Teachers, students and parents may soon get a better sense of what the winter break will look like after Manitoba’s education minister hinted an update is on the way.
On Monday, Kelvin Goertzen said he plans to share more with the public about plans for the holiday school break later this month.
“We know that our educators, not just teachers but of course EAs and bus drivers and janitors, have been working extremely hard in our school systems,” Goertzen said during question period at the Manitoba Legislature.
“There is a need for the system to have some relief when it comes to personnel, when it comes to COVID-19, and we’ll have more to say about that this week.”
The statement comes a little over two weeks after health officials acknowledged the province was mulling the possibility of extending the winter break, anticipating a rise in cases over the holidays.
Official Opposition Leader Wab Kinew pushed Goertzen for more details so families and educators can prepare for changes as the winter break nears.
“All weekend I’ve been receiving calls from parents and child-care facility directors and educators who are worried,” Kinew said.
“There is only three weeks before the winter break and yet people are still wondering.… What they’re lacking when it comes to a plan for the holidays is clear direction from the government.”
Transmission low in schools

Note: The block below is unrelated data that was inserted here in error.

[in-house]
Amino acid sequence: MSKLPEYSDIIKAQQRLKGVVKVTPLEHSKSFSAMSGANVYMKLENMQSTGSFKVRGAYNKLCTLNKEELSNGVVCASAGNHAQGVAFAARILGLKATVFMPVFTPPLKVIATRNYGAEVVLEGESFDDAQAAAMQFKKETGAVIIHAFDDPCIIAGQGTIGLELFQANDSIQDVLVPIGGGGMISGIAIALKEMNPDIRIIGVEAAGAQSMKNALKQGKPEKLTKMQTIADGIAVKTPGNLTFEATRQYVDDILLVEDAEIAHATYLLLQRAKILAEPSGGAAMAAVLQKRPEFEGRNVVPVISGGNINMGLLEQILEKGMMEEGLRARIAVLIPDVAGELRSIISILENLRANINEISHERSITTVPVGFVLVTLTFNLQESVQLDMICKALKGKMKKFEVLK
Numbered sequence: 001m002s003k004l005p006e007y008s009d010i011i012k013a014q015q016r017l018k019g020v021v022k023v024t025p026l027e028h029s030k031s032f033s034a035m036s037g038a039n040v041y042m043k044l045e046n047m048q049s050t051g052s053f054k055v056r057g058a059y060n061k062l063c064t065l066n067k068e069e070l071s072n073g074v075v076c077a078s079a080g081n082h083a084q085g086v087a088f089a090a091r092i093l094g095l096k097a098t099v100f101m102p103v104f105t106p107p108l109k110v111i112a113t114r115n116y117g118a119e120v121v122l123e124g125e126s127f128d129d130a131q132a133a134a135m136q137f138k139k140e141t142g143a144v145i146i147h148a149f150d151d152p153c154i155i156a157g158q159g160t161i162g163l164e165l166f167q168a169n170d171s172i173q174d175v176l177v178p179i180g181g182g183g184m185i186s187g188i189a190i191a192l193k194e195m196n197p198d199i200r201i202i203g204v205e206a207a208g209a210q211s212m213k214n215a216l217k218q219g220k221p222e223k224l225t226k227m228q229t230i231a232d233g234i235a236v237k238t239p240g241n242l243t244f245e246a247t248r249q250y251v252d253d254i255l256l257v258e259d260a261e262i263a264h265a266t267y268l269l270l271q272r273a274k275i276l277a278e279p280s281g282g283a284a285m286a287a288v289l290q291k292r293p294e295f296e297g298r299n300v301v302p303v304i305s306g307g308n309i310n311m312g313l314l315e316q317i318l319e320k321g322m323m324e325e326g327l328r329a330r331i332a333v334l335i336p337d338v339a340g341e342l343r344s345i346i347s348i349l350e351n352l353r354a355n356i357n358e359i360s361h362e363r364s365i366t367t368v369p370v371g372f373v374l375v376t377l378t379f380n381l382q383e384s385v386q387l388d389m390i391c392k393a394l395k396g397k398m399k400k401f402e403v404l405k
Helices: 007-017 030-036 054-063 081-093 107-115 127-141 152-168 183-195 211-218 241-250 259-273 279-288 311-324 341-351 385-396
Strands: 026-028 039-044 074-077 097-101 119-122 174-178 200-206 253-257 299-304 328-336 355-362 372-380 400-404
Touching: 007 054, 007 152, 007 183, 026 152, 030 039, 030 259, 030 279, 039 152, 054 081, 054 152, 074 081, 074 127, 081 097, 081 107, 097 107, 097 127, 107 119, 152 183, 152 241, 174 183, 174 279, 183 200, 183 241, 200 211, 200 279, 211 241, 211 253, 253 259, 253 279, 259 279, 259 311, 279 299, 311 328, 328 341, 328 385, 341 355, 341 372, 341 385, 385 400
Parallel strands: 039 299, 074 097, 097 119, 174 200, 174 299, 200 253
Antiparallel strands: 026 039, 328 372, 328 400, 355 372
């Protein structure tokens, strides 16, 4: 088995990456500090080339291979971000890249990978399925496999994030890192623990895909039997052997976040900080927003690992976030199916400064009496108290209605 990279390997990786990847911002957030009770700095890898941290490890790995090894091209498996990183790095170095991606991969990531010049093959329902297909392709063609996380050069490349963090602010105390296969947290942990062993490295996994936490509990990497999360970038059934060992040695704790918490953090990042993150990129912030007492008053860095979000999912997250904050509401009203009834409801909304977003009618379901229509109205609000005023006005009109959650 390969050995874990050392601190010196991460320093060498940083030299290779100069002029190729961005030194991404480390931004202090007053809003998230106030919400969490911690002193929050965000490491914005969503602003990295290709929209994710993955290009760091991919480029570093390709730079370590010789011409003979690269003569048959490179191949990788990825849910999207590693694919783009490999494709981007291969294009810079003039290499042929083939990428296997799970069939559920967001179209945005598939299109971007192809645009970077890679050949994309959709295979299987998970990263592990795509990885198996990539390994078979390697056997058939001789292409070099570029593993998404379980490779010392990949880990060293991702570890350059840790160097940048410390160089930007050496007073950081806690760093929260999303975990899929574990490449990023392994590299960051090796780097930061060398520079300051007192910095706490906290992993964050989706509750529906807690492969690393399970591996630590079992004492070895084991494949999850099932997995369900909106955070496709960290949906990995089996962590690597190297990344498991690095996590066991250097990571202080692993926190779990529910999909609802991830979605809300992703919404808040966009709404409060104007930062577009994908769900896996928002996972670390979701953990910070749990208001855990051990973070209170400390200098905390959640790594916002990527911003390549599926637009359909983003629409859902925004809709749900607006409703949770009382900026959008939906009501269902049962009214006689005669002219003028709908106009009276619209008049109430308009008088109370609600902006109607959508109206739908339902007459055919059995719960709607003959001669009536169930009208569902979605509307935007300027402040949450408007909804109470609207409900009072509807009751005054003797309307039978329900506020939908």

Chief Public Health Officer Dr. Brent Roussin has repeatedly said the school system has done a good job of minimizing the spread of COVID-19 in the face of soaring case numbers this fall.
As of Monday, somewhere in the range of 17 per cent of Manitoba’s 16,825 cases to date have been confirmed among people between the ages of zero and 19.
There have been hundreds of cases this fall in the school system, but Goertzen echoed Roussin on Monday in saying confirmed transmission rates have been relatively low in classrooms.
He said school-based transmission is confirmed when at least two positive cases in a school have been linked through contact tracing investigations. Six schools this fall have had confirmed transmission events, said Goertzen.
He and Roussin have both stressed that keeping in-class learning going is important for a range of developmental and mental health factors in young people.
But in the past few months, Manitoba’s COVID-19 outlook has worsened considerably. Rising numbers in hospitals have strained the health-care system, and that triggered widespread closures of non-essential businesses just over two weeks ago when Manitoba moved to provincewide code red restrictions under its pandemic response system.
Winnipeg has consistently seen the most cases, but the Southern Health region has had some of the worst infection rates in Canada per capita. The region has hit test positivity rates in the 30 and 40 per cent range in some places this month.
That forced the largest rural school division in Manitoba, Hanover, to move into code red in the province’s pandemic response system, officially shifting its entire kindergarten to Grade 12 student body to remote learning last week. Nine other nearby schools were also forced to go remote.
Manitoba Liberal Leader Dougald Lamont said in light of high community transmission rates and the hundreds of confirmed cases in schools, he thinks moving all students to remote learning should be an option right now.
“It’s absolutely clear that one of the places where there are cases happening [is in schools], whether transmission is happening or not we’re not sure,” he said.
“It’s also clear that though the province keeps talking about tough measures, back in the spring we closed down schools, and we haven’t done that yet, so that’s still something that I think needs to be on the table.”